Chainmonsters: This blockchain-based game is all about its players collecting, trading, and battling with digital monsters. Chainmonsters makes extensive use of in-game NFTs by tokenizing just about every asset a player will interact with, allowing users to trade and sell a wide array of inventory items as well as the monsters themselves.
The Sandbox: This popular voxel-based game lets its players create their own 3D worlds and games. The Sandbox features its own native currency, SAND, which can be used to purchase in-game assets, which can be anything from land and buildings to clothing and furniture. Sandbox users can also create their own NFTs in the game, which can be used to represent just about anything. These NFTs can then be traded with other players or sold on the game's marketplace.
DeFi Kingdoms: Part game and part decentralized exchange, this unique platform allows players, collectors, and traders to own a variety of in-game assets with the ultimate goal of earning yield on their tokens. DeFi Kingdoms is a unique play-to-earn platform that makes investing in DeFi fun and easy to understand.
An increasingly popular use case for NFTs is using them to access a variety of exclusive live events and other experiences, from concerts and festivals to sporting events and more. This type of NFTs can also often be used to purchase add-ons related to the event and even earn rewards. For example, Coachella, one of the most popular music festivals in the world, gave festival-goers who purchased NFTs access to exclusive events like meet-and-greets with performers.
The NFL also utilized NFTs for Super Bowl LVI. As part of a purchased ticket for the game, attendees received a free NFT that served as a digital commemorative, essentially showing their proof of attendance. This is just one other way in which sports leagues, artists, and entertainers from all different niches can use NFTs to enhance their fans’ experience.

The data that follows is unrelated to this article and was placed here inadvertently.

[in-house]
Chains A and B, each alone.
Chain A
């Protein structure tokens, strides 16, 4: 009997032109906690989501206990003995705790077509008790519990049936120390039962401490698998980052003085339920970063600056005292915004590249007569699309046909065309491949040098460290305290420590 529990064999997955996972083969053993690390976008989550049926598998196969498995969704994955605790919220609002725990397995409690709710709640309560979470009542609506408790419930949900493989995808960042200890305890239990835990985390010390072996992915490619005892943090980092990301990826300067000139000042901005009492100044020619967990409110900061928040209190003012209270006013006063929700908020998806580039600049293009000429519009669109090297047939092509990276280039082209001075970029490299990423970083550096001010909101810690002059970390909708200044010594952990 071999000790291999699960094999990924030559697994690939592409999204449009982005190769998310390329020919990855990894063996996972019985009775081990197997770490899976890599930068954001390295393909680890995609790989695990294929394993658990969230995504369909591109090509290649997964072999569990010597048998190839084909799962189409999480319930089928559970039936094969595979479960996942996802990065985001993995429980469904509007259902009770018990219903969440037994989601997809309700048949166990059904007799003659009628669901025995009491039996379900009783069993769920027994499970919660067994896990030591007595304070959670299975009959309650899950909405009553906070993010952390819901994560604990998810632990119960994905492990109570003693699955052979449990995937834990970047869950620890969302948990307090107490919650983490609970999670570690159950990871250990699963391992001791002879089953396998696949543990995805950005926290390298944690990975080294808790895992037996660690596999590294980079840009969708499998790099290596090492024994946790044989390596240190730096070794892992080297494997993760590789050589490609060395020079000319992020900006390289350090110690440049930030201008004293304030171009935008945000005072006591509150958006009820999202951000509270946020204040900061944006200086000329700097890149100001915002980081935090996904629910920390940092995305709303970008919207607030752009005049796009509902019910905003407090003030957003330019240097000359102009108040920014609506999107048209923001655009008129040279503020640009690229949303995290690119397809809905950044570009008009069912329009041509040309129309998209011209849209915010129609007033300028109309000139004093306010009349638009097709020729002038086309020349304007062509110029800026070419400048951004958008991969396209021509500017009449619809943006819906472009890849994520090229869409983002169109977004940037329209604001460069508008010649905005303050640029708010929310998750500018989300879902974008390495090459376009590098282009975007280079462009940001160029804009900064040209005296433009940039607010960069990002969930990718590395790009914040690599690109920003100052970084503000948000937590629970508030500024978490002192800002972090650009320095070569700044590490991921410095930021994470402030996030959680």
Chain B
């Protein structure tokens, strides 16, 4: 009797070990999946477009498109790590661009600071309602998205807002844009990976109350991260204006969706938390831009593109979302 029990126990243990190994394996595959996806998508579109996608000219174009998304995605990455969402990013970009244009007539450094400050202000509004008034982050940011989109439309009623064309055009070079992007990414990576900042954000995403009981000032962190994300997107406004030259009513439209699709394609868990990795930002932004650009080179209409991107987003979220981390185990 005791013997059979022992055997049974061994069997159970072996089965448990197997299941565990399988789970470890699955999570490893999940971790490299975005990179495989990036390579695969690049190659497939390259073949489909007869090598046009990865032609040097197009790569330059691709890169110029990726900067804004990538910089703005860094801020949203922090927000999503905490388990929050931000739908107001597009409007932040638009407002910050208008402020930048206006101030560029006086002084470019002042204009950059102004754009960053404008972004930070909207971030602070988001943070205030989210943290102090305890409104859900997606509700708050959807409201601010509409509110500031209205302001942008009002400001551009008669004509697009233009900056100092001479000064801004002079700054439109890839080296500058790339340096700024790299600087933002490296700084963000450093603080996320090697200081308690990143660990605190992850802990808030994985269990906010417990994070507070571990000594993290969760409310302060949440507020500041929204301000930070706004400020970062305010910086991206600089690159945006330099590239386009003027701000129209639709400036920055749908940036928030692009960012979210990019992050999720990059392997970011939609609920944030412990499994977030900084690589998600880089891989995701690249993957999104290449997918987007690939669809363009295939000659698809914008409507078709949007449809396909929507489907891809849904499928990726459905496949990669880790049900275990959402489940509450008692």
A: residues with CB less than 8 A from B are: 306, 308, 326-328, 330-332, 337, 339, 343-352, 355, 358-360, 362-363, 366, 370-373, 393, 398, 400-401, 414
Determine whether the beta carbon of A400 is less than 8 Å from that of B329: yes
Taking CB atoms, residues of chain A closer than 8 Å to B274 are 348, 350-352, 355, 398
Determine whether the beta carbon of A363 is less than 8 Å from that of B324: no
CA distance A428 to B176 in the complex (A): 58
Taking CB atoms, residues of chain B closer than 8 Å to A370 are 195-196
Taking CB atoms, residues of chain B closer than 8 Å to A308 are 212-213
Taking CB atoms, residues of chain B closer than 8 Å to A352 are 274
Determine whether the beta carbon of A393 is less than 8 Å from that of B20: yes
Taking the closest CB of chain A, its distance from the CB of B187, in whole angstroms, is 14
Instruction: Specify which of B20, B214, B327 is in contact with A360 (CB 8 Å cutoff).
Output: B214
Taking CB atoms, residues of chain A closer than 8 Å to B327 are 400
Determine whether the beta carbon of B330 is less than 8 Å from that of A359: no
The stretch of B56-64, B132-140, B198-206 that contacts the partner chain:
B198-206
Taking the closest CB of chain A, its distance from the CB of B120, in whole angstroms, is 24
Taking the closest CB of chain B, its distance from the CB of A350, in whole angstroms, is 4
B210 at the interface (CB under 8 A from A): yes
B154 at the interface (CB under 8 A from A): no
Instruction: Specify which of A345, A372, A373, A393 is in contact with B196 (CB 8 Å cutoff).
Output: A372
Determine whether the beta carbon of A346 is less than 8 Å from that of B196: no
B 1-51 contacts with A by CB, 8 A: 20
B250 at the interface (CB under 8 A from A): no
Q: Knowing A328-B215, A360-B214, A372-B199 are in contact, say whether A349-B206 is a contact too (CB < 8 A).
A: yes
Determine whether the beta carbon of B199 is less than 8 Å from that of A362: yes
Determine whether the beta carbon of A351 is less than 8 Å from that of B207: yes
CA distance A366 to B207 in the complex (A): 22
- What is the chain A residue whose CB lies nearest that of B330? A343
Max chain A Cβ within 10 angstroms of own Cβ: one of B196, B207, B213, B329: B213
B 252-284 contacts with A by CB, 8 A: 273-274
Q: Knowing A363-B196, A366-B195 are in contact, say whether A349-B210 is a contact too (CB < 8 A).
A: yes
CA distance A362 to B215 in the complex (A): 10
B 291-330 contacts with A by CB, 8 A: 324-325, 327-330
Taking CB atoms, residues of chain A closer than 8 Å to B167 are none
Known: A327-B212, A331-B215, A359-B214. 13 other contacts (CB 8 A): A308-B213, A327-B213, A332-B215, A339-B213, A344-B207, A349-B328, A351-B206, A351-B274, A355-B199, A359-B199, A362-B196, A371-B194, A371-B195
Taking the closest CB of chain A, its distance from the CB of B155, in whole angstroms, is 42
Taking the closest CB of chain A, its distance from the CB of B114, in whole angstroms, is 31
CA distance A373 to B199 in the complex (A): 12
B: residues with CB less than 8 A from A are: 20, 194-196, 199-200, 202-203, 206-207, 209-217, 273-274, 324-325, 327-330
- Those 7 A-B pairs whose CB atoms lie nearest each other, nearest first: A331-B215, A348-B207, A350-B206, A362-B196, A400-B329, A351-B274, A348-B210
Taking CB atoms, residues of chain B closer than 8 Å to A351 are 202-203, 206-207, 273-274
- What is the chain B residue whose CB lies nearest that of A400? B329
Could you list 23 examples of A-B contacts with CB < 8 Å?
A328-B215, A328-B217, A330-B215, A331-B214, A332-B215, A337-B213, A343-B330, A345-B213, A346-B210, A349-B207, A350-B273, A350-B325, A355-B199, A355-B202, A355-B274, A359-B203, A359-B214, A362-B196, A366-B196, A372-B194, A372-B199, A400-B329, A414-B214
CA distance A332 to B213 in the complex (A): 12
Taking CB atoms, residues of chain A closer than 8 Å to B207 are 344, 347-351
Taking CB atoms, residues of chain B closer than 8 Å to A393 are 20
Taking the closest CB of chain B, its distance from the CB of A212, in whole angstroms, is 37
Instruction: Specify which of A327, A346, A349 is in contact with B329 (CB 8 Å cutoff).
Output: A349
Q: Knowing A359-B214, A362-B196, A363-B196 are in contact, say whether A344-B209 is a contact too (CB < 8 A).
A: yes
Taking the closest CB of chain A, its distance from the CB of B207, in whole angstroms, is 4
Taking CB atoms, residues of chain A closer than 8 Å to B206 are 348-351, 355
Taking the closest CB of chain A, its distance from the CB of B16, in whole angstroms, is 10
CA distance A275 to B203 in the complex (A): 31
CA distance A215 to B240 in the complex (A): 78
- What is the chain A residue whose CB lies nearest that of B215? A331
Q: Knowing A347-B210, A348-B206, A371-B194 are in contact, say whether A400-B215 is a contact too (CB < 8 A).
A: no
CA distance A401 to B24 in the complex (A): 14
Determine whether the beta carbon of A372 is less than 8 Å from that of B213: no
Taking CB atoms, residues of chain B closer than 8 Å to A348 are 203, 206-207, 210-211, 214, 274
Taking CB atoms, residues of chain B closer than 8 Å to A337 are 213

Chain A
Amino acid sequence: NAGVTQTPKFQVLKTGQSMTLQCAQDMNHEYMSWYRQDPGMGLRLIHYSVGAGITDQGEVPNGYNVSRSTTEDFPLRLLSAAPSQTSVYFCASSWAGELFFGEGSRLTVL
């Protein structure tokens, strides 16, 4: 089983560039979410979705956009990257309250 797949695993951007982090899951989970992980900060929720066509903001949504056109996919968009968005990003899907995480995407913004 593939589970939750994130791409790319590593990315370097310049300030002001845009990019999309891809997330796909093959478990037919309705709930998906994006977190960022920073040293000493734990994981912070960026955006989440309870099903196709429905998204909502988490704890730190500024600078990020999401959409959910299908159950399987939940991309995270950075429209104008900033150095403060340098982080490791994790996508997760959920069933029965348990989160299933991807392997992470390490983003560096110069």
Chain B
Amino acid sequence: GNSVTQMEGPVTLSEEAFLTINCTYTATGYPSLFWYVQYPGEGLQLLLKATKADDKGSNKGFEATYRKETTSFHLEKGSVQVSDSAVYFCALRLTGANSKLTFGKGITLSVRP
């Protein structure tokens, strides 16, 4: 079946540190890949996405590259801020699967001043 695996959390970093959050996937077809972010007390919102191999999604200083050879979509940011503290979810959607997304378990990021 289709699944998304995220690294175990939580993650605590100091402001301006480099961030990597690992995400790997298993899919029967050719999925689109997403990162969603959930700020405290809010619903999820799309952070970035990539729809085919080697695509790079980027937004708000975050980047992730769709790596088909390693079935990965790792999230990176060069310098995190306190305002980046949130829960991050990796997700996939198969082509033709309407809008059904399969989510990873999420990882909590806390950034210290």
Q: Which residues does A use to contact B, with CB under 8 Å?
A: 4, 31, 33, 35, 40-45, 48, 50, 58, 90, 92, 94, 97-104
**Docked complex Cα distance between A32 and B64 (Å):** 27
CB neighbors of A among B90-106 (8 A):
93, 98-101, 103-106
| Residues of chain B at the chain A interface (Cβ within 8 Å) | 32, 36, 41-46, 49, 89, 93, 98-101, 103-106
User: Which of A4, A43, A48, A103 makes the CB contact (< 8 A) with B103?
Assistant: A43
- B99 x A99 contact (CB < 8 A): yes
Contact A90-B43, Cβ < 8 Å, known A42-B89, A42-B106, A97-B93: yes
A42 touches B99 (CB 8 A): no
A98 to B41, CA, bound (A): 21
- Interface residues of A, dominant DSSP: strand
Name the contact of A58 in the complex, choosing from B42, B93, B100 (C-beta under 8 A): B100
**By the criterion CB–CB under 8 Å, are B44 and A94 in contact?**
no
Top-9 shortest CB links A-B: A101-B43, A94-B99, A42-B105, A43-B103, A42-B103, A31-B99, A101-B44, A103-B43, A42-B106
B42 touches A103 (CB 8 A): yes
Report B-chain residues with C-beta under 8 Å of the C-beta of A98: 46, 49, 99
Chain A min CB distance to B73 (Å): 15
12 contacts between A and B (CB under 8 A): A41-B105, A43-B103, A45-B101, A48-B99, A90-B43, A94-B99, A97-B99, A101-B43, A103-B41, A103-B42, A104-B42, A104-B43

The NFT industry is constantly evolving and innovating. Here’s a short list that overviews some interesting and recent developments.
A common question asked by prospective NFT investors and many NFT skeptics is: Why pay for a digital image when anyone could save the file to their hard drive and look at it whenever they want? Sure, anyone can screenshot an NFT, but the key distinction between copy-pasting an NFT and actually owning it is the proof of ownership, control, and related experiences and benefits granted to owners.
When buying any NFT, a collector is purchasing control, ownership authentication, and all other benefits related to owning an original digital asset. This lets the owner do whatever they want with that piece of content-- sell it, trade it, or monetize it through licensing commercial rights. It's their asset, and they have full control over it.
Take the Mona Lisa, for instance. Anyone can recreate or print a copy of the Mona Lisa, yet the only version that carries true value is the painting that’s attached to Leonardo da Vinci’s name. The owner behind the painting is what gives the art its value. NFTs simply leverage blockchain technology to apply this same principle of ownership to the digital landscape.
Collecting NFTs isn’t just the act of buying a digital token. It’s the process of acquiring a piece of digital property. NFTs are enabling the future of ownership in the digital age, and they offer a unique opportunity to invest in a new and growing asset class.